Edinburgh’s disabled war veterans set sail from Port Edgar
A seafaring charity that gives disabled war veterans the chance to access the water docked in Port Edgar this week, marking its maiden voyage to Scotland.
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A 102 year-old former Royal Navy World War Two gunner from Corstorphine and a Royal Scots veteran from Prestonpans were among those who set sail on the specially built, fully accessible powerboat.
Harry Hogg, who joined the Royal Navy in 1938 proudly wore his medals when he came aboard accompanied by Royal Scots veteran Frank McLeod, 64, from Prestonpans.
The trip was organised by Wetwheels, an all abilities sailing charity founded by disabled yachtsman Geoff Holt MBE in 2011.
Mr Holt, was paralysed in a swimming accident in 1984 and became the first disabled person to sail single-handed around Great Britain in 2007.
He said: “Disabled people like Harry and Frank face many obstacles to an active lifestyle and particularly in experiencing the sense of freedom and independence you only get on the water.
“Yet the physical and mental benefits of being on the sea are immense so I am really excited to be at Port Edgar Marina to raise awareness of our Wetwheels charity and to showcase the amazing work we do.
“There is no other boating organisation for disabled people in the UK doing what Wetwheels does.
“That’s a very big claim, but as a wheelchair-using yachtsman and adventurer myself, I speak from experience.
“Our own research tells us that more than 80 per cent of Wetwheels’ participants have never previously been on the open water. For an island nation, that’s a shocking statistic we are determined to change.”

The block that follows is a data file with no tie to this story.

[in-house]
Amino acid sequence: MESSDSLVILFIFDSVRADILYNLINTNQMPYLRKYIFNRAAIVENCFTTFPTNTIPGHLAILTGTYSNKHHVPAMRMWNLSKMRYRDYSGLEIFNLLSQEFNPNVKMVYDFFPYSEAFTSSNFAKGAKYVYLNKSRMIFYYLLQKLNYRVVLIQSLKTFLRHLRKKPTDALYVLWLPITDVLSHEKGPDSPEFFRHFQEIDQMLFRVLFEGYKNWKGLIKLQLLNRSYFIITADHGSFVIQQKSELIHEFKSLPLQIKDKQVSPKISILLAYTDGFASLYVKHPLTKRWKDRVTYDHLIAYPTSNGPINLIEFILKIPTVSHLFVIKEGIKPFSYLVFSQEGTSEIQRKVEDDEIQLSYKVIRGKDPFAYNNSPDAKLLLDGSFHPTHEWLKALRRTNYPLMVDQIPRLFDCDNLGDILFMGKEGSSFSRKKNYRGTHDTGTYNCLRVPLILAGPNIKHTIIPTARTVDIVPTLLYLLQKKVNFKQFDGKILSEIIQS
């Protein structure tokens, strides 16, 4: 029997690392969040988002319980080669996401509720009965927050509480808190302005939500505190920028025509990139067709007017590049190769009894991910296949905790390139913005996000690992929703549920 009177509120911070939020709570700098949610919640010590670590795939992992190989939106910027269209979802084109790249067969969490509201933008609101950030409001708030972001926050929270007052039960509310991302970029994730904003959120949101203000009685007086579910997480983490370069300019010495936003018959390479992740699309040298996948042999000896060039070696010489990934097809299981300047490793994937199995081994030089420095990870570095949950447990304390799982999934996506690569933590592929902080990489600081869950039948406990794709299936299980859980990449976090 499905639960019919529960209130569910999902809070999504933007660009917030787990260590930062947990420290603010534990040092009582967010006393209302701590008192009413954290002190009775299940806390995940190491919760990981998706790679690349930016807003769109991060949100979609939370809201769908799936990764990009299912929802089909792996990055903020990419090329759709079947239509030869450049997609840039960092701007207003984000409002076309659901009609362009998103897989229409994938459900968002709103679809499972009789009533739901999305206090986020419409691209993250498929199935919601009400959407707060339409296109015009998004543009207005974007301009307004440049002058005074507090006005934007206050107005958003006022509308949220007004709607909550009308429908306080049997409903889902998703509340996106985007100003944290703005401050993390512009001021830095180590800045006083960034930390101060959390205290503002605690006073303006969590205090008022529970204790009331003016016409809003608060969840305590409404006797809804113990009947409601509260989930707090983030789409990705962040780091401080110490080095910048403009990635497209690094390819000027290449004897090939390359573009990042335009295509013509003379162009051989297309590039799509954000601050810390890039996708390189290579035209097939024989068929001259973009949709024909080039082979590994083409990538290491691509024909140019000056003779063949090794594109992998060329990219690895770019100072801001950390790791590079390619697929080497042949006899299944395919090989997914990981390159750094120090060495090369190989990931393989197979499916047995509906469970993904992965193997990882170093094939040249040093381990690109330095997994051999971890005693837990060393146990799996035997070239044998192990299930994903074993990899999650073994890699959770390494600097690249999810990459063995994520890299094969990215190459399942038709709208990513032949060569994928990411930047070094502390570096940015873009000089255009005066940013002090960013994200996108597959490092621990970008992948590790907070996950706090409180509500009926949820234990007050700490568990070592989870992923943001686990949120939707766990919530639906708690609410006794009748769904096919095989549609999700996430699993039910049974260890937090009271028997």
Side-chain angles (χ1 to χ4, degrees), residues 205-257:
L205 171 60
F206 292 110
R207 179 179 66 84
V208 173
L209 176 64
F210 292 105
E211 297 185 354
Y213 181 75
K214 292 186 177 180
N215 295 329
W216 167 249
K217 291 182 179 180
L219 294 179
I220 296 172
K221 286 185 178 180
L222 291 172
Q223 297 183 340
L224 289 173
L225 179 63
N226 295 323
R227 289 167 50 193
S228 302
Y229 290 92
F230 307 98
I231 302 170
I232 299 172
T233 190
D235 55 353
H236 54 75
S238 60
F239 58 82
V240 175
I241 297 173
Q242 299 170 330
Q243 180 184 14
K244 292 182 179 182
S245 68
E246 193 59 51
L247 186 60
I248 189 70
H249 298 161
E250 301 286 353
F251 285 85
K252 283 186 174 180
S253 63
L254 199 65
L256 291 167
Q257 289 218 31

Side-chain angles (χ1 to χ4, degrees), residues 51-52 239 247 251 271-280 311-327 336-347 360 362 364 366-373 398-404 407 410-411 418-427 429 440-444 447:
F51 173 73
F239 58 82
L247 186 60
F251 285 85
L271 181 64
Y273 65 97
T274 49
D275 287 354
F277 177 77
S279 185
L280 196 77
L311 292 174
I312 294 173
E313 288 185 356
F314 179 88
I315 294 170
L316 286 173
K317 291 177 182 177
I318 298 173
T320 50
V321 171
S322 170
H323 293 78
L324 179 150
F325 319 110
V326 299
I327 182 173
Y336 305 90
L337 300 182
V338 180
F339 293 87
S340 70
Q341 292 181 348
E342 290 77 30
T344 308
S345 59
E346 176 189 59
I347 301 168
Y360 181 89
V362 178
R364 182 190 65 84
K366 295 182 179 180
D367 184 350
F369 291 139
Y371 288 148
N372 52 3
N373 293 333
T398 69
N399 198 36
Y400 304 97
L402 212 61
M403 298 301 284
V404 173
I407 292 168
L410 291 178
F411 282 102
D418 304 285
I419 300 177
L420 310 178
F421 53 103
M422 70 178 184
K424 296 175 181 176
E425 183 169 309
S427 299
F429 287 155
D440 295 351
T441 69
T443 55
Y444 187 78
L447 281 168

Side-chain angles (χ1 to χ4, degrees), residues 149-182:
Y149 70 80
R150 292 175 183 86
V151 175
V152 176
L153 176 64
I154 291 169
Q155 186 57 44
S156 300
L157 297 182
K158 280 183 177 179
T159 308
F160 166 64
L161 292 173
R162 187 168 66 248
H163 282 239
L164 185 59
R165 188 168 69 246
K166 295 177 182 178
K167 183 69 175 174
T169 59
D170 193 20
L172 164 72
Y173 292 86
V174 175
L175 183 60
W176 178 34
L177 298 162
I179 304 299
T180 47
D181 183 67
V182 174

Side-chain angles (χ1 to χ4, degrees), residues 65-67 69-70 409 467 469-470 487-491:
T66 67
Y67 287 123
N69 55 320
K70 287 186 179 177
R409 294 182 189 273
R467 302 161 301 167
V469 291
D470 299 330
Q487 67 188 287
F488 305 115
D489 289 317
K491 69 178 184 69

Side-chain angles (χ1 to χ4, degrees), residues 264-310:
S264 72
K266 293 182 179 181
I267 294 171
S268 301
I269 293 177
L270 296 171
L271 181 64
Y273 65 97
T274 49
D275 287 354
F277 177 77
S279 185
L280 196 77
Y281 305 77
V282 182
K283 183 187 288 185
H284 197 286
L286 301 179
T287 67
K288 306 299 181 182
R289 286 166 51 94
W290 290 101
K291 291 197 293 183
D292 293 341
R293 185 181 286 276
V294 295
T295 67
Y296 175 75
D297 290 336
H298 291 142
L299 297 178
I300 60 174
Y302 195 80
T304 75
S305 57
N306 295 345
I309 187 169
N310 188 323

By visiting Port Edgar Marina, Mr Holt hopes public and private donors will be inspired to help raise the further 75 per cent of funding still required to secure the first Wetwheels Scotland vessel based permanently in Port Edgar Marina.
The charity already has six vessels in operation throughout England, including in Portsmouth, Falmouth, Jersey and Whitby.
Mr Holt hopes it’s new venture will help more than 1,000 disabled people in Scotland experience one of its seafaring experiences each year.
The project has earned the support of many disabled groups in the city including Sight Scotland Veterans.
Director of services at Sight Scotland Veterans Clair Bryan said: “It’s fantastic that veterans supported by Sight Scotland Veterans have been given the opportunity to have this experience with the Wetwheels Foundation while they have been stationed at Port Edgar this week.
“Sight Scotland Veterans very much supports and identifies with the Wetwheels Foundation’s mission to create accessible and inclusive experiences for disabled people.
“Sight Scotland Veterans is dedicated to supporting veterans with sight loss across Scotland to not only adapt to life with sight loss, but to live well with sight loss and continue to enjoy new experiences in the community.
“We would very much welcome a Wetwheels boat being permanently based in Scotland. I am sure other veterans with sight loss we support would relish the opportunity to take a boat trip with the Wetwheels Foundation in the future.”